Tonight, the milt is from a tiger puffer. It’s made into a silky chawanmushi (steamed custard) and topped with juicy salmon roe. Chef Taka and Henry ask their guests if they know what milt is. No one seems to. The chefs don’t elaborate and everyone enjoys the dish. “So creamy!” remarks Chef Taka.

Tiger puffer milt chawanmushi and salmon roe.
“So creamy!”

Takayoshi Watanabe mains

Andrea: Chef Taka begins studying each guest as he plates the next dish; it’s as if he’s painting our portraits – and that’s indeed what he’s doing. But instead of paint, he uses soft-boiled octopus fritters and tempura zucchini. Cute!

Soft boiled octopus fritters with tempura zucchini.

Rex: “Who wants to drink a lot?” asks Chef Taka after we gobble down our portraits. Are we moving on to drinks already? we wonder.

Chef Taka and Henry give each guest an oyster dressed in finger-lime juice and gold flakes. Chef Taka takes out a bottle of 12 year Yamazaki Japanese whisky and pours it into each oyster shell. Seriously – why has it taken us this long to have an oyster whisky shot?! The saltiness of the oyster, the mellow oak of the Yamazaki and the tang of the native lime glittering in gold is, well, gold.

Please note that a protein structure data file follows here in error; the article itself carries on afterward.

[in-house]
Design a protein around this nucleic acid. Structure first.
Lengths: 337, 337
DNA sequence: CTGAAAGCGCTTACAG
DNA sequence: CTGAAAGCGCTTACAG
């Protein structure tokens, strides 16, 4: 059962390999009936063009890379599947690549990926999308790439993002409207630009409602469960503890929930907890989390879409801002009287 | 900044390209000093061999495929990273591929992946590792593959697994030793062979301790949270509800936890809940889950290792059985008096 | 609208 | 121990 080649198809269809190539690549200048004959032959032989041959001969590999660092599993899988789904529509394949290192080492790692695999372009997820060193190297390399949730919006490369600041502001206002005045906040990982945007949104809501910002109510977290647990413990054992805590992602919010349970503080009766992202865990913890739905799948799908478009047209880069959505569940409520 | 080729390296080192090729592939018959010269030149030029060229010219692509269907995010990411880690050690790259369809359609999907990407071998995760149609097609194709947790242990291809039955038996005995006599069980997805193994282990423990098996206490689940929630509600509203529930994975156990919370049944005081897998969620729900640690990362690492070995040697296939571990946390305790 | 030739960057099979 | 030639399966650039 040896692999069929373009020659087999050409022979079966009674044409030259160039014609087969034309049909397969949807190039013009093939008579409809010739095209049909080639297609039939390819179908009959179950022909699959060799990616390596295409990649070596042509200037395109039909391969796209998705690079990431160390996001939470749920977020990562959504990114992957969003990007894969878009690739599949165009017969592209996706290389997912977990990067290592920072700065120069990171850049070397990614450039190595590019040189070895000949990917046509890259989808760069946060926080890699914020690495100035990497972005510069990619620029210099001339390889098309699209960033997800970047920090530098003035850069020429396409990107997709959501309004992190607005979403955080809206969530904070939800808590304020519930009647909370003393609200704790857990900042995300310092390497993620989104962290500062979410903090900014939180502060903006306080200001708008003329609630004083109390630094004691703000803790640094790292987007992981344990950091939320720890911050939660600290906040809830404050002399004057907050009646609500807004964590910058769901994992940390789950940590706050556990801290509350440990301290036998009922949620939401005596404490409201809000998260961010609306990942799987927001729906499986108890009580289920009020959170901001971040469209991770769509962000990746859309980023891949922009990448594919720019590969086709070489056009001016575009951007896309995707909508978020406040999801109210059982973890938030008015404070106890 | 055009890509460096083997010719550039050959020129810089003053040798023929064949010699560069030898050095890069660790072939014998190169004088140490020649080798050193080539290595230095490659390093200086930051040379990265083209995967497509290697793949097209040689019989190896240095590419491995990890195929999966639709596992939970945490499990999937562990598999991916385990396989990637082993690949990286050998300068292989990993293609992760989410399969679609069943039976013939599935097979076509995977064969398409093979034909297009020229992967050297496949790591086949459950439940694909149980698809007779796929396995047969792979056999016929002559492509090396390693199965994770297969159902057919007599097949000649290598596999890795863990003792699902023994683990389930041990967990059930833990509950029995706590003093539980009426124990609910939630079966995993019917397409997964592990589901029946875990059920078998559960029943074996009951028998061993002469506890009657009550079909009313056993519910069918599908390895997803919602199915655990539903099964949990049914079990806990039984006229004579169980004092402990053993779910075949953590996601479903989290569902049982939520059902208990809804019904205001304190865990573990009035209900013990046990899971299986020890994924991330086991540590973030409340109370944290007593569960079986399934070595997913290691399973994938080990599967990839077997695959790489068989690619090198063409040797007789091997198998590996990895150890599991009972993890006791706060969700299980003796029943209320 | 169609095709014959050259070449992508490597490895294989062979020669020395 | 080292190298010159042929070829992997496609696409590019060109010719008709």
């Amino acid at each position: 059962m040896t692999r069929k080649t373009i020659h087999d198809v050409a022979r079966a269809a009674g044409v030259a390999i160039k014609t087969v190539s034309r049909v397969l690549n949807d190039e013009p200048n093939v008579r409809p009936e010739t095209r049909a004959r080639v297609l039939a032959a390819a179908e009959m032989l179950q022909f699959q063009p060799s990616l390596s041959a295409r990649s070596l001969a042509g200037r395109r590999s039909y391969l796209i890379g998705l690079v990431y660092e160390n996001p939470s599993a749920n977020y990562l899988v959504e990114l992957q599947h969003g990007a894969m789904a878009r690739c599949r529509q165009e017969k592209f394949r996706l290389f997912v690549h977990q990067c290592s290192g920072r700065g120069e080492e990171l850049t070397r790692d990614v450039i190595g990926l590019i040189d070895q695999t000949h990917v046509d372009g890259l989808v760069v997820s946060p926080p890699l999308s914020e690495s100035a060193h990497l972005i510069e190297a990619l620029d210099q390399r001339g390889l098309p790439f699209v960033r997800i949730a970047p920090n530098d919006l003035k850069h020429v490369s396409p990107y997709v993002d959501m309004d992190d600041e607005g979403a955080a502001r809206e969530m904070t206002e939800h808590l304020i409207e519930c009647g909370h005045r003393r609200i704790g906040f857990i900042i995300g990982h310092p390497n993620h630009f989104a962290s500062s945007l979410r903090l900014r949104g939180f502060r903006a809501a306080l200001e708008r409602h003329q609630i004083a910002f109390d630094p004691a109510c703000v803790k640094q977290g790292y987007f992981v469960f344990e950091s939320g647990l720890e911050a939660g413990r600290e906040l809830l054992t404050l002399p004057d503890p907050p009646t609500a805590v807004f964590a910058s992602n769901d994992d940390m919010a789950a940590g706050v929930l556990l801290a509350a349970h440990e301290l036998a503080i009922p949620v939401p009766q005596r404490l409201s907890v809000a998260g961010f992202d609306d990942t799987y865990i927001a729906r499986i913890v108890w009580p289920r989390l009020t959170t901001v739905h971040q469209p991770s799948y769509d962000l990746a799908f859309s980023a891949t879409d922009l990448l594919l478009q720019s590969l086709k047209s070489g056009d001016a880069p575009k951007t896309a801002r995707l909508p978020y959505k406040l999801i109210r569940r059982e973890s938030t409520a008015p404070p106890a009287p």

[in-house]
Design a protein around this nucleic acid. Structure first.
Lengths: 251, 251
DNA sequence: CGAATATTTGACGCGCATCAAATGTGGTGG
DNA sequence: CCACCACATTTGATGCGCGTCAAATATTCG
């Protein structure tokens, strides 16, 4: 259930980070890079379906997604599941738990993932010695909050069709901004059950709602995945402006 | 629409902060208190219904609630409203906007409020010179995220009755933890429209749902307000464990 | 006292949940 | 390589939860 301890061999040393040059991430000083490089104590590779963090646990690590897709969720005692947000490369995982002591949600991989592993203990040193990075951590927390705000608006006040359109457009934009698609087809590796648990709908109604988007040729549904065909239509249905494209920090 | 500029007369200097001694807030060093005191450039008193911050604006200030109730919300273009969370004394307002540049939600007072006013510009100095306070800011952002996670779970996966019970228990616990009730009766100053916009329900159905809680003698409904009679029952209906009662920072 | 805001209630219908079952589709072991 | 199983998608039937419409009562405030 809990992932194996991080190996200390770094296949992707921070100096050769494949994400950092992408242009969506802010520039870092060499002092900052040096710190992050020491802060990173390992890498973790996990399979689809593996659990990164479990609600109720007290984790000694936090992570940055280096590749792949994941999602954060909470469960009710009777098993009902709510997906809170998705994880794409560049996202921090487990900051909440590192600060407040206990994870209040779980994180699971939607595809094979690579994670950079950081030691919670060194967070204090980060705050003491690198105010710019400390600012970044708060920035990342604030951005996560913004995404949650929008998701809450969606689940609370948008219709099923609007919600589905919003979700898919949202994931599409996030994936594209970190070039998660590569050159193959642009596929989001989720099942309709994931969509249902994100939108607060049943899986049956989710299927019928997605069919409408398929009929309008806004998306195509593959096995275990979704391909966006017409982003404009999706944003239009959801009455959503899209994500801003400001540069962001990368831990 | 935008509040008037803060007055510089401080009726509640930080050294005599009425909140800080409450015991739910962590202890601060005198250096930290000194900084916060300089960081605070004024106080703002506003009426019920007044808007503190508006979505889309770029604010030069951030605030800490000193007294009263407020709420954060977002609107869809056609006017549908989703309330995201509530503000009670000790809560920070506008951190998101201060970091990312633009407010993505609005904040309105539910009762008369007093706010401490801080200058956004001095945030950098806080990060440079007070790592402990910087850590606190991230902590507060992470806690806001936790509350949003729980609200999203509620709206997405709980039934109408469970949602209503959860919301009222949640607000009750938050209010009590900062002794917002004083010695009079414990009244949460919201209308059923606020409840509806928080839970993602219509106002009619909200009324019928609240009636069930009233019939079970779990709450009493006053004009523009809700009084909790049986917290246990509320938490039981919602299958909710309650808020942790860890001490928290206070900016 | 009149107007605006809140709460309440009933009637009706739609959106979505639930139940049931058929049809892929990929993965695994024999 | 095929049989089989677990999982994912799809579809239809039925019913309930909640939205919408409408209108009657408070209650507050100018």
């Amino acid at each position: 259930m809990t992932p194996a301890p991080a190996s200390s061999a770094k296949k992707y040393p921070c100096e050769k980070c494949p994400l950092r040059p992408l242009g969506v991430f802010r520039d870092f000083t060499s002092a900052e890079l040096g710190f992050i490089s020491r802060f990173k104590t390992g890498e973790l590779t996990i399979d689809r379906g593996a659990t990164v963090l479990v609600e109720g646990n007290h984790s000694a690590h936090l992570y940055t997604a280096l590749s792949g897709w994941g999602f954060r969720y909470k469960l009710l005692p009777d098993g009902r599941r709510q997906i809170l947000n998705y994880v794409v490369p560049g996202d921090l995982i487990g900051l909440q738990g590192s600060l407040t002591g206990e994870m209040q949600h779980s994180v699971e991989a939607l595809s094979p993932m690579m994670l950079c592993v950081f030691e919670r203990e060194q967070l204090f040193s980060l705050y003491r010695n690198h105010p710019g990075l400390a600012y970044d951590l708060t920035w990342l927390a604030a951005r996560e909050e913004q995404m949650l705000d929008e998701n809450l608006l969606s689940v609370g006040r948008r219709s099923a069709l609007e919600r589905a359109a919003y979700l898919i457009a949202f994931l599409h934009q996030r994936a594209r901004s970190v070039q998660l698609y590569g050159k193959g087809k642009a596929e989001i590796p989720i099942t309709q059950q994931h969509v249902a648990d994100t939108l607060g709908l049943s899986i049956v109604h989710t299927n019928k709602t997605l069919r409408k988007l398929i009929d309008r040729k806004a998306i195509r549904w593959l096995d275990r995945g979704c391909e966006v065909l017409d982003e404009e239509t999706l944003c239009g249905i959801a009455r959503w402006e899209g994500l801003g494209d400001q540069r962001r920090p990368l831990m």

Oyster with finger lime and Yamazaki 12 year whisky.
Match made in heaven.

We finish our mains with a bang with stringy lobster gusokini. Henry shows us the live lobsters before the chefs stew lobster pieces, still in the shell, in a fragrant, ginger broth.

When Chef Taka lifts the lid off the big pot of cooked lobster, the steam clouds around his face like he’s just performed a spell.

Henry Lai with stringy lobster.
Serious stuff.

Takayoshi Watanabe nigiri sushi

Andrea: Now it’s time to have Chef Taka’s Insta-famous nigiri sushi.

He prepares the rice in a way we’ve never seen before, by mixing it with sake vinegar (“It’s not Coca Cola”, he clarifies as he pours the black liquid into the rice to our quizzical expressions).

Chef Taka mixes the sushi rice with sake vinegar
A unique sushi flavour.